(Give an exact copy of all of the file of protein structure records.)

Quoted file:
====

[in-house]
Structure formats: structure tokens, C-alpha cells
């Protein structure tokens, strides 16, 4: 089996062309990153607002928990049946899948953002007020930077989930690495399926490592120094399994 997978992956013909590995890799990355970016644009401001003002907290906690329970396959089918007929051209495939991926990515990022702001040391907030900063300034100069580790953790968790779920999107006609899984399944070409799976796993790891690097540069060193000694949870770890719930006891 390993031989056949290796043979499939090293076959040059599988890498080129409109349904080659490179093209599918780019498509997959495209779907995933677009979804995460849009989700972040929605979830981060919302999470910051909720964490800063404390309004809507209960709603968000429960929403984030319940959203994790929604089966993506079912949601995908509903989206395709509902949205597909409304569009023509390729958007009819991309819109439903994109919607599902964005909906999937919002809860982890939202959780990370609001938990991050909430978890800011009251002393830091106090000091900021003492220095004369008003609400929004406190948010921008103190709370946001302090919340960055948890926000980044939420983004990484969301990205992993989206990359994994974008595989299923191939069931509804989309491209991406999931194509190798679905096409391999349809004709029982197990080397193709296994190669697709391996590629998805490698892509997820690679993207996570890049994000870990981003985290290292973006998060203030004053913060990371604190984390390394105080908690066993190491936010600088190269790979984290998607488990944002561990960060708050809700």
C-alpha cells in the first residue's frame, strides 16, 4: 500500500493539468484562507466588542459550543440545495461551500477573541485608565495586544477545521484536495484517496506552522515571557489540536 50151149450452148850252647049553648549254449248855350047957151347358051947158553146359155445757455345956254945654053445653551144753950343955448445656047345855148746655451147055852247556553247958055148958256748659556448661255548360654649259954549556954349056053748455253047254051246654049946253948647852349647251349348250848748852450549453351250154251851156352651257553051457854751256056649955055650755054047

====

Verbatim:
[in-house]
Structure formats: structure tokens, C-alpha cells
């Protein structure tokens, strides 16, 4: 089996062309990153607002928990049946899948953002007020930077989930690495399926490592120094399994 997978992956013909590995890799990355970016644009401001003002907290906690329970396959089918007929051209495939991926990515990022702001040391907030900063300034100069580790953790968790779920999107006609899984399944070409799976796993790891690097540069060193000694949870770890719930006891 390993031989056949290796043979499939090293076959040059599988890498080129409109349904080659490179093209599918780019498509997959495209779907995933677009979804995460849009989700972040929605979830981060919302999470910051909720964490800063404390309004809507209960709603968000429960929403984030319940959203994790929604089966993506079912949601995908509903989206395709509902949205597909409304569009023509390729958007009819991309819109439903994109919607599902964005909906999937919002809860982890939202959780990370609001938990991050909430978890800011009251002393830091106090000091900021003492220095004369008003609400929004406190948010921008103190709370946001302090919340960055948890926000980044939420983004990484969301990205992993989206990359994994974008595989299923191939069931509804989309491209991406999931194509190798679905096409391999349809004709029982197990080397193709296994190669697709391996590629998805490698892509997820690679993207996570890049994000870990981003985290290292973006998060203030004053913060990371604190984390390394105080908690066993190491936010600088190269790979984290998607488990944002561990960060708050809700």
C-alpha cells in the first residue's frame, strides 16, 4: 500500500493539468484562507466588542459550543440545495461551500477573541485608565495586544477545521484536495484517496506552522515571557489540536 50151149450452148850252647049553648549254449248855350047957151347358051947158553146359155445757455345956254945654053445653551144753950343955448445656047345855148746655451147055852247556553247958055148958256748659556448661255548360654649259954549556954349056053748455253047254051246654049946253948647852349647251349348250848748852450549453351250154251851156352651257553051457854751256056649955055650755054047